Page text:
Aug. 25, 2011: Jonathan Kaplan bites into a melt called the Italian Job made with fontina and provolone cheese on garlic bread at The Melt in San Francisco. First, Flip Video camcorder creator Kaplan made it easy for consumers to shoot cheesy home movies. Now, hes hoping to popularize something cheesier and gooier by starting a grilled cheese restaurant business that combines fast food with high tech.AP Photo/Eric Risberg
Jonathan Kaplan made it easy for consumers to shoot cheesy home movies when he founded the company behind the Flip Video camcorder. Now, he's hoping to popularize something cheesier -- and gooier -- by starting a chain of grilled cheese restaurants that combine fast food with high tech.
Kaplan's latest creation, The Melt, opens its first location Tuesday in San Francisco's SoMa neighborhood. Plans are in the works for two more restaurants in San Francisco and one in nearby Palo Alto by Thanksgiving. With financial backing from a venture-capital heavyweight, Sequoia Capital, Kaplan hopes to open 25 to 50 restaurants within the next year and about 500 across the country within five years.
No matter how much people like grilled cheese, Kaplan's plan is audacious, considering the state of the economy. Still, he believes building this kind of business makes sense, particularly during a time of uncertainty.
"Economically, it's a good time right now because people want comfort food," he says, seated on a stool at one of the bar-height tables at his bright white-and-orange-hued eatery.
Kaplan was flipping around the idea for The Melt even before the creation of the Flip Video, which the company he co-founded, Pure Digital, began selling in 2007. About 10 years ago, Kaplan says, he started researching grilled cheese to see if it could become the main food attraction for a national chain. As part of his research, he solicited customers' opinions about the sandwich at the giant Mall of America in Bloomington, Minn. He was buoyed by their responses.
Kaplan was convinced a grilled cheese chain could succeed, but there was one big sticking point: How do you make the sandwiches consistent when you have hourly employees - who aren't professional chefs - behind the counter?
Not sure how to solve this problem at the time, he put his plan on the back burner. In the meantime, he started Pure Digital. The company's Flip Video, a simple, low-cost, pocket-sized video camera, paved the way for an entire market. In 2009, Cisco Systems Inc. bought Pure Digital for $590 million as part of an effort to branch out from its core business of making computer networking equipment. Kaplan became general manager of Cisco's consumer products division.
But Kaplan left Cisco in February. Two months later, Cisco discontinued Flip Video and shut down Pure Digital as it gave up in part on its goals for the consumer market. Kaplan decided it was time to give grilled cheese a go.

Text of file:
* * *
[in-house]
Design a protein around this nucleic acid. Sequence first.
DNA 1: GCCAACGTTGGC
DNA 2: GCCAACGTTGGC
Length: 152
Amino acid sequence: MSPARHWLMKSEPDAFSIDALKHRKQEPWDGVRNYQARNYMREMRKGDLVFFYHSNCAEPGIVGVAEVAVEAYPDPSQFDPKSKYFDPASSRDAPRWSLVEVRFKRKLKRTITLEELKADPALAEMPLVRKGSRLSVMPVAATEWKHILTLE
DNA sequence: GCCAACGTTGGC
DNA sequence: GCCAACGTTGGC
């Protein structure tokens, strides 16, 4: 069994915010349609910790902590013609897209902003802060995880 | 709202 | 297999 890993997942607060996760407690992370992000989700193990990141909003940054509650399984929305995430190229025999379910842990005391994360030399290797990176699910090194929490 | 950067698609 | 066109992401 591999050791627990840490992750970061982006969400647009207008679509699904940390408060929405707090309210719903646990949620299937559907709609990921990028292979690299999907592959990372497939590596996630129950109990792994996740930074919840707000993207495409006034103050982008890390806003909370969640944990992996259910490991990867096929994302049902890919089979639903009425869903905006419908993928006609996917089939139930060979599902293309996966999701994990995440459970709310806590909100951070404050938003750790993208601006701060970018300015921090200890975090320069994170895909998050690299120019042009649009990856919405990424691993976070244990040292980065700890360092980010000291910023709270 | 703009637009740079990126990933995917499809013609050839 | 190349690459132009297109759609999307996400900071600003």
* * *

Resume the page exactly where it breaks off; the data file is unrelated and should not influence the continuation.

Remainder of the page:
With a small group of advisers - including chef and restaurateur Michael Mina - Kaplan approached Swedish home appliance maker Electrolux about making a special contraption that would create uniform grilled cheese sandwiches. They came up with a machine that combines two induction burners, a microwave and non-stick pads, which allow the bread to toast while the cheese melts - without squishing the sandwich as a panini press might do.
Not surprisingly, given Kaplan's background, technology also comes into play in the way visitors can order their meals. If you don't want to wait in line, you can order on a smartphone using The Melt's website. After placing an order, you receive a QR code - a cousin to the traditional bar code, but with more data encoded in a smaller space. You bring that to a code reader in the restaurant for scanning, and an employee then gathers up your order.
When The Melt has more locations up and running, customers will be able to choose where to redeem their codes, Kaplan says.
He believes the technology in use at The Melt will improve the customer experience, "rather than technology that is just there for marketing reasons or technology for technology's sake."
Besides the traditional grilled cheese sandwich and tomato soup, The Melt's menu, at launch, features such variations as aged Gruyere on white wheat and smoked Gouda on eight-grain bread. Soup options include spicy black bean and creamy wild mushroom. Prices run $3.95 or $5.95 for a cup or bowl of soup, respectively, $5.95 for a sandwich. The restaurant offers soup and sandwich combos for $8.95.
In a sampling of some sandwiches, the cheese was flavorful and gooey, while the bread was somewhat crisp and airy. Soups, meanwhile, tasted rich, but not too thick.
NPD Group restaurant analyst Bonnie Riggs says Kaplan's idea sounds interesting, but she warns that the restaurant industry overall has just gone through "the most prolonged period of weakness we've ever experienced" with eight straight quarters of declining customer traffic.
Kaplan, however, is confident that hungry consumers will catch on to The Melt.
"Grilled cheese makes people happy," he says.